Let me be clear: if you are still wondering where the blame lies for the delay in bargaining a new collective agreement, please look directly towards the Manitoba Legislative Building.

Ultimately, the decision to delay bargaining is a political choice, and the only way we change that, is to stand united and work together towards a common cause.

That’s why we need every nurse in Manitoba to help the union in forcing this government’s hand. MNU is currently planning next steps for the fall, including new calls to action that will engage members and Manitobans across the province. Your participation will be critical for the success of these initiatives.

But it doesn’t end there. I know members expect MNU to use every legal tool at its disposal to force the employer to the table. We will continue to do so at every opportunity.

Legal Challenge Update
As announced earlier this summer, the Public Services Sustainability Act (PSSA) was ruled unconstitutional by the Court of Queen’s Bench. This ruling was a major victory for nurses and all public sector workers by effectively nullifying the government’s legal basis for unilaterally imposing a wage cap over four years (0, 0, 0.75 and 1 per cent).

Unfortunately, the Pallister government appears intent on dragging this through a lengthy and costly appeal process. This week we learned the Pallister government filed a Notice of Appeal on grounds that the lower court erred in ruling the PSSA unconstitutional. Court dates for the appeal have not yet been set, and it could take many more months before the appeal is heard in court (for more information about the Court of Appeal, visit manitobacourts.mb.ca).

It’s a disappointing development. Though the government certainly has the legal right to appeal, we’d hoped they would respect the Court of Queen’s Bench ruling, which came down strongly on the side of defending your constitutional right to free and fair collective bargaining.

The Partnership to Defend Public Services, a coalition of public sector unions coordinated by the Manitoba Federation of Labour which launched the legal challenge, continues to monitor government actions. MNU remains a proud member of the PDPS, and we continue to work with our partners to steer the coalition’s actions in this critical case. We will notify members of all further developments related to bargaining, including the appeal process, as soon as new information is confirmed.

This latest development is a reminder of an indisputable fact: we are dealing with a duly elected government which has significant powers at its disposal to continue delaying the collective bargaining process. Unfortunately, through their reckless approach to health care cuts and consolidation, and their total disregard for the advice of nurses and other experts, they have repeatedly, consistently demonstrated that they intend to make your working life more difficult, and they are willing to use every tool available to them for implementing their austerity agenda.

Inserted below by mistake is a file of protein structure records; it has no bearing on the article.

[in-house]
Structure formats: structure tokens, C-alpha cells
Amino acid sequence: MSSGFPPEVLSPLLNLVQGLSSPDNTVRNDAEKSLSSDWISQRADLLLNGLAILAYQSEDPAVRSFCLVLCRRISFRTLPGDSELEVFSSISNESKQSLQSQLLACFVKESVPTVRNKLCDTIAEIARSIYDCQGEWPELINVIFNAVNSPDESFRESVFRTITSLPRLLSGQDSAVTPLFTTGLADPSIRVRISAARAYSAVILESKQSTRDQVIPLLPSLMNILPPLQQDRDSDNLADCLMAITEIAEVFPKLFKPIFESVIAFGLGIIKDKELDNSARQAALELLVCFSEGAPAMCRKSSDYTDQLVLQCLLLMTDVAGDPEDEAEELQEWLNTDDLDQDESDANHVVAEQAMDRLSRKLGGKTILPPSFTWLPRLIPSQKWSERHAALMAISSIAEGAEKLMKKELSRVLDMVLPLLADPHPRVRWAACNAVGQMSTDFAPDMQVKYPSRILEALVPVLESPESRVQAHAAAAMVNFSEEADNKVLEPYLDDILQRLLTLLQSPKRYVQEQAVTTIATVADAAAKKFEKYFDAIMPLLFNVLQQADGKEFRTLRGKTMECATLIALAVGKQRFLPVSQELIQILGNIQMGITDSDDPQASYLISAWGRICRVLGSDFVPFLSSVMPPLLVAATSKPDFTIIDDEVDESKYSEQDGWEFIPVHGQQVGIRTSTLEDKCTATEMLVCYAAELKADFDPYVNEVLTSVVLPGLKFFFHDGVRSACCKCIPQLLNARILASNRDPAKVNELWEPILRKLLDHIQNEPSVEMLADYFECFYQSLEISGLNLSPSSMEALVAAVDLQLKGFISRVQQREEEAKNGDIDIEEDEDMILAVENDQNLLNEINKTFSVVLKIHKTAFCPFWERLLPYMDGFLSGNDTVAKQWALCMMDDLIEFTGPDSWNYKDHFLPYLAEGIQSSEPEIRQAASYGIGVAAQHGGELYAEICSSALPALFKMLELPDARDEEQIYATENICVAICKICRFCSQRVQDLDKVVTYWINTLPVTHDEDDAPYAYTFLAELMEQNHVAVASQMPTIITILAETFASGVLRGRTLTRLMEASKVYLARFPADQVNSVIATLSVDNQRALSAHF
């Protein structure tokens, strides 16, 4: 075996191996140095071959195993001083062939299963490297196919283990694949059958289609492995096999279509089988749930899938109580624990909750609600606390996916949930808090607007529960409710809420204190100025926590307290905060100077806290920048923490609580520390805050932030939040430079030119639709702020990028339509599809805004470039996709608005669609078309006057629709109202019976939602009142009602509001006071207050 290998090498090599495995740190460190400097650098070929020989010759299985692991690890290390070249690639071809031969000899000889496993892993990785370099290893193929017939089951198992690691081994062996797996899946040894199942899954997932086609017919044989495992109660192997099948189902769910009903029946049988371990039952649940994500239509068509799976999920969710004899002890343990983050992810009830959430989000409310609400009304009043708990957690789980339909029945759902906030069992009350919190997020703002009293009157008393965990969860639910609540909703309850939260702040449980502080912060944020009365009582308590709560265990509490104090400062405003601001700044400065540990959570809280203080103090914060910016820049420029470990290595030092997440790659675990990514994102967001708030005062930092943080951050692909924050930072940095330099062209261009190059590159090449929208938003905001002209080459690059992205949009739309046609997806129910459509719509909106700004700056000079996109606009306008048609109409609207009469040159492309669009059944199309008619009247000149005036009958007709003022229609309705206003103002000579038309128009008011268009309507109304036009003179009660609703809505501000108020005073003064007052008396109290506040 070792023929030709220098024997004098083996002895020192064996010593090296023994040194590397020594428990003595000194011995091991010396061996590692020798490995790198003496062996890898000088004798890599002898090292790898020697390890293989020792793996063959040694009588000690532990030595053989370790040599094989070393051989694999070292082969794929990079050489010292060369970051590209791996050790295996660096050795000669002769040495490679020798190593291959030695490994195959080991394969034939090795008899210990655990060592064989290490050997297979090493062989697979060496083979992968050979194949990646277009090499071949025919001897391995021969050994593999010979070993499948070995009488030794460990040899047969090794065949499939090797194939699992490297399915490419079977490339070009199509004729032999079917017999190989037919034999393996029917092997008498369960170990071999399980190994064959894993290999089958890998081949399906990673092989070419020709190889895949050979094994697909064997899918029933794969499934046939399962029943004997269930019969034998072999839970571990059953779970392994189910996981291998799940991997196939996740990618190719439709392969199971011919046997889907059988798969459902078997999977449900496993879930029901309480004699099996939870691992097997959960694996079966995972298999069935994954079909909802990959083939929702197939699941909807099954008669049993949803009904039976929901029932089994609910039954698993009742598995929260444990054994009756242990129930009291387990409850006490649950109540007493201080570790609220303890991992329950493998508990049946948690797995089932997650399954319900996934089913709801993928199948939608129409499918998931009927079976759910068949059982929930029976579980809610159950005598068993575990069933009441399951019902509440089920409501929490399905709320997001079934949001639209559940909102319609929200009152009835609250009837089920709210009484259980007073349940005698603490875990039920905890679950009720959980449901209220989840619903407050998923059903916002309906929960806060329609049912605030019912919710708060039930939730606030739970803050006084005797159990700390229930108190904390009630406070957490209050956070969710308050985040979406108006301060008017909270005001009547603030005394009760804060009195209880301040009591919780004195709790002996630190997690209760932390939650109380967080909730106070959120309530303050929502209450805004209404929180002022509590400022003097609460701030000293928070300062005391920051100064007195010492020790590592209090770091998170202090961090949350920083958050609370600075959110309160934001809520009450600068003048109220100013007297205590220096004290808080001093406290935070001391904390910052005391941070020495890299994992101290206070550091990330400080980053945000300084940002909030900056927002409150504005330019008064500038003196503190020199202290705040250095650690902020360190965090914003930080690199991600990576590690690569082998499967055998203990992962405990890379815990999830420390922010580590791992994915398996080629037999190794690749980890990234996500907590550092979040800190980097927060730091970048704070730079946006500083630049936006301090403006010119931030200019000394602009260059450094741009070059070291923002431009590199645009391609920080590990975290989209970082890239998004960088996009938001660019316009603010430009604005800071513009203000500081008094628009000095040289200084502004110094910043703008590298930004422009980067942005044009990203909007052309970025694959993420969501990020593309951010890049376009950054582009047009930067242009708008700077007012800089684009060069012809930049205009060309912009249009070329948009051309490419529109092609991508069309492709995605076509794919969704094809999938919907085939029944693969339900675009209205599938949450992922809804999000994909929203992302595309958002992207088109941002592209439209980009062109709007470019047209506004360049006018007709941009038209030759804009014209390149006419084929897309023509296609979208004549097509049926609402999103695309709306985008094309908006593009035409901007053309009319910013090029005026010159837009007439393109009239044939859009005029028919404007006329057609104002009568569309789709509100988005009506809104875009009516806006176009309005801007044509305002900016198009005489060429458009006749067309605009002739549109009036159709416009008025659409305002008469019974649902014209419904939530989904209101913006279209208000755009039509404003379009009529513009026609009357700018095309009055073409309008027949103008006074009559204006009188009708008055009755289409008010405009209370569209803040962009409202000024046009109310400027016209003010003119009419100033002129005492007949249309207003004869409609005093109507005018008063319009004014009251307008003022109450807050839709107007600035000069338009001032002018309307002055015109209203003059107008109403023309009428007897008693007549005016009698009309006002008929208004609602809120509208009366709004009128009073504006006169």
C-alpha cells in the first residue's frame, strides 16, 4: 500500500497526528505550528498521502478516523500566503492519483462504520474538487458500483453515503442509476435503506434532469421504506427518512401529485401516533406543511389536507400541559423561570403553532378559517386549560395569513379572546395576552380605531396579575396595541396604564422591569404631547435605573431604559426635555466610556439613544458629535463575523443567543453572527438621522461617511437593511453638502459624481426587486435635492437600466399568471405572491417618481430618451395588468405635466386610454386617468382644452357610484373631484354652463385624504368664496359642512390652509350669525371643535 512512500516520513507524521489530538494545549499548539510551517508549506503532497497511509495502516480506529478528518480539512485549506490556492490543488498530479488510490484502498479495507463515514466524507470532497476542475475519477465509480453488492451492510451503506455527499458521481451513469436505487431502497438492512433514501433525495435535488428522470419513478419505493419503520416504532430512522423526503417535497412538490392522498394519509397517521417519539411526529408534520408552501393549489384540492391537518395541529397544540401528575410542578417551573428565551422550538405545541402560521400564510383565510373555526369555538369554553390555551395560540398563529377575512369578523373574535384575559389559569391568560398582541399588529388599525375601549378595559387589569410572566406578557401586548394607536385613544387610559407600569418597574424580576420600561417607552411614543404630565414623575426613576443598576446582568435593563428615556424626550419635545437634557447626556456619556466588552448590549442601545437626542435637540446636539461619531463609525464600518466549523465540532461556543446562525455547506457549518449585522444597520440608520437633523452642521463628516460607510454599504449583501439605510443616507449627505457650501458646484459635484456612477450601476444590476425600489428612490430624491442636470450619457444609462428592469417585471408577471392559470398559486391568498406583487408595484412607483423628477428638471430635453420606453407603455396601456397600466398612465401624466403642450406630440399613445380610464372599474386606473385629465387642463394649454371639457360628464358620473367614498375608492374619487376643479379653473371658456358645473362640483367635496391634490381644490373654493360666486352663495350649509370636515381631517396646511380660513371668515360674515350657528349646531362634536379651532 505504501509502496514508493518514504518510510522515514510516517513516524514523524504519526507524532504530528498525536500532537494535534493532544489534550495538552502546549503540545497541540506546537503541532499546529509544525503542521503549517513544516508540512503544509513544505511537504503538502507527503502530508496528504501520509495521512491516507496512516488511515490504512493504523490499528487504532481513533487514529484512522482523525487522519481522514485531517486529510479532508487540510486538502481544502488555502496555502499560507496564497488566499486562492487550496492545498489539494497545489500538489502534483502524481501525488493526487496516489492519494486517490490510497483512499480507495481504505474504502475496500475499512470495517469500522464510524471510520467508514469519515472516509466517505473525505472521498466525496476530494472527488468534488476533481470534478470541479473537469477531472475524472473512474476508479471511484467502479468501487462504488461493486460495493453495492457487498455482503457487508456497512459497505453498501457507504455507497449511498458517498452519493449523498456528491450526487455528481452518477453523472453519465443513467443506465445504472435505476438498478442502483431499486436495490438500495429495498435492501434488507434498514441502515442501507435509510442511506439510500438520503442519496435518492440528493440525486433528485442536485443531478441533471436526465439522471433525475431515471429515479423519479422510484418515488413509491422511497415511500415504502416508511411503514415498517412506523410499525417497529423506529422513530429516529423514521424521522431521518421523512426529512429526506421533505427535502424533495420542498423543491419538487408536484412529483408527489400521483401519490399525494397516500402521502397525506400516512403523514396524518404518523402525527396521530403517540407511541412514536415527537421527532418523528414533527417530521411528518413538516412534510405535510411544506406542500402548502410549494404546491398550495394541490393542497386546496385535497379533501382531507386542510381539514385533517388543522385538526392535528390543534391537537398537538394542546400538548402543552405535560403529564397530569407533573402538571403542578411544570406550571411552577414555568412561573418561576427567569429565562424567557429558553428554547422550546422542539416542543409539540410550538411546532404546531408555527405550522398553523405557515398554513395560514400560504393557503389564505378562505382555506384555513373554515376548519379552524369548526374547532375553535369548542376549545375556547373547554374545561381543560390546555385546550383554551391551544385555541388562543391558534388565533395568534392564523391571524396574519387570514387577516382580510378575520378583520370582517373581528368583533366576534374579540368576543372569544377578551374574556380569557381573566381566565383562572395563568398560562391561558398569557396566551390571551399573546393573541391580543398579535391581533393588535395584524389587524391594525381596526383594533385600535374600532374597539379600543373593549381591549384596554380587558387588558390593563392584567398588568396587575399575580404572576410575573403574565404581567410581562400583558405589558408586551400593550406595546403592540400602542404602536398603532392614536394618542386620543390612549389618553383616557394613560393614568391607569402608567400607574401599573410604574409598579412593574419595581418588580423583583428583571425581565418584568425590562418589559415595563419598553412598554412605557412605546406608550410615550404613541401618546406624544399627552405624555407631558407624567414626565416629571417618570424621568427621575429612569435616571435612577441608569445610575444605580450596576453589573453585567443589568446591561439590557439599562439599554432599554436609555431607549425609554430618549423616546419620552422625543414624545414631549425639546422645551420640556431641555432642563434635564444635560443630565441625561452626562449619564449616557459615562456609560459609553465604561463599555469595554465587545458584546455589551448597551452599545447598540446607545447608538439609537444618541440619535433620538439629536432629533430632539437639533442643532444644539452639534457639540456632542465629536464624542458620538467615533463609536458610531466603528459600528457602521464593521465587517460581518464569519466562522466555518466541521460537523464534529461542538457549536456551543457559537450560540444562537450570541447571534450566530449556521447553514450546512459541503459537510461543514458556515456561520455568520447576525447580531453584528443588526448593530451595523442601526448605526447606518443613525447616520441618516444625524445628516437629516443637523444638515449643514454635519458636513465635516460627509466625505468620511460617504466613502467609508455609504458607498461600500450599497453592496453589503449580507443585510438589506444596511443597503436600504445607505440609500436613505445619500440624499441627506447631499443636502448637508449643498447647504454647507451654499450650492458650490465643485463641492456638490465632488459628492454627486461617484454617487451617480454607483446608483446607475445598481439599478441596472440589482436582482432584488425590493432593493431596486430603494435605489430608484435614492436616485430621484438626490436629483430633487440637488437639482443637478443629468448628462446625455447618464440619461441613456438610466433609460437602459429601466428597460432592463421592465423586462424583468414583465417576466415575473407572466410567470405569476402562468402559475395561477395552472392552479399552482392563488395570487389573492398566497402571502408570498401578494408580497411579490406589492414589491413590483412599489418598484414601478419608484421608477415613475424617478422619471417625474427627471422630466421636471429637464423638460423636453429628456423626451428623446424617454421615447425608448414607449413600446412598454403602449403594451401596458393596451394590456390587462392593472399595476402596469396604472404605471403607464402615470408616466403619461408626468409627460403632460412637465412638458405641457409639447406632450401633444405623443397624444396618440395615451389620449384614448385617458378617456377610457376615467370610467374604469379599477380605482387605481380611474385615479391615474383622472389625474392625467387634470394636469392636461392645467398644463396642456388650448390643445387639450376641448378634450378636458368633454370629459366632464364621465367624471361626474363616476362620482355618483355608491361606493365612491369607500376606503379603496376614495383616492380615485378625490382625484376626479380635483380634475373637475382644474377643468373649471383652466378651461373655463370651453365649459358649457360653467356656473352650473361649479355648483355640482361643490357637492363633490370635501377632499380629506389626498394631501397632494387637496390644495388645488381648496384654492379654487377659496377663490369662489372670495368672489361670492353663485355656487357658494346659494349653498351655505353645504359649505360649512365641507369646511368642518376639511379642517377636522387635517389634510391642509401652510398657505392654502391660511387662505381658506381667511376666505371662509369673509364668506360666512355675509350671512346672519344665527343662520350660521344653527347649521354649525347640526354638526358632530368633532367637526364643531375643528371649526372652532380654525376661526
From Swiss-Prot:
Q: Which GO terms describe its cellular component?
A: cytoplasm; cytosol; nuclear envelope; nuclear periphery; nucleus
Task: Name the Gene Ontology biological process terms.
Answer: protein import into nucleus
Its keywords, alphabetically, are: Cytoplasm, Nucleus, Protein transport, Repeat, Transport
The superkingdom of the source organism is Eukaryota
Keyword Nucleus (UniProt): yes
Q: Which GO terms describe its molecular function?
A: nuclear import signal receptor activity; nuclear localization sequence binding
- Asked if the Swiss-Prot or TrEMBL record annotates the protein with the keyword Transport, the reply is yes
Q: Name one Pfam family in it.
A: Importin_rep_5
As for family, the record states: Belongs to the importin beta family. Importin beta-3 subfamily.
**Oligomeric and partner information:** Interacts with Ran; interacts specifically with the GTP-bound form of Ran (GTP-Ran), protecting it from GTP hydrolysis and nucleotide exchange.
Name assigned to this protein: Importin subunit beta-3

Essential Services
As we continue to push for a resolution, we must recognize the importance of using other methods to force this government’s hand. However, it’s also important to remember that nurses are deemed essential service providers. This means that there are legal limits placed on our ability to take job action. The government’s current definition of essential services reads as follows:

"essential service" means a service, duty or function that is necessary to enable an employer to prevent or limit
(a) loss of life;
(b) serious harm or damage to, or deterioration of, the mental or physical health of one or more persons; or
(c) serious harm or damage to, or deterioration of, property required in the performance of an essential service. (« service essentiel »)”

You don’t have to be a lawyer to understand the implications of this definition, particularly in the midst of an unprecedented global pandemic. Job action is only effective to the extent that workers are united and able to withhold their labour from the employer during a dispute. Essential Service Agreements severely limit that right for nurses, given the obvious patient care implications.

We know you will always put your patients first. Job action while maintaining safe patient care is possible, however these circumstances do make it significantly more complicated, and it means nurses must utilize a variety of other actions to fight for a fair deal.

As president, I share your frustration about delays. If there was any unilateral action MNU could take to force the employer to the table, we would have taken it long ago. However, the reality is, it’s going to take a combination of actions to get to the table, and most importantly, get the deal you all deserve.

Throughout the COVID-19 pandemic, Manitobans are counting on nurses more than ever before, and I know nurses are fully committed to serving Manitobans. We must always maintain that trust, and in turn we can rely on public support as we take political action to defend our rights. We must stay strong and united as we use our collective power to achieve the outcomes we all deserve, including a new collective agreement.

I look forward to continue working with all of you to achieve that.

In solidarity,

Darlene Jackson
President, Manitoba Nurses Union
Chair, Provincial Collective Bargaining Committee (PCBC)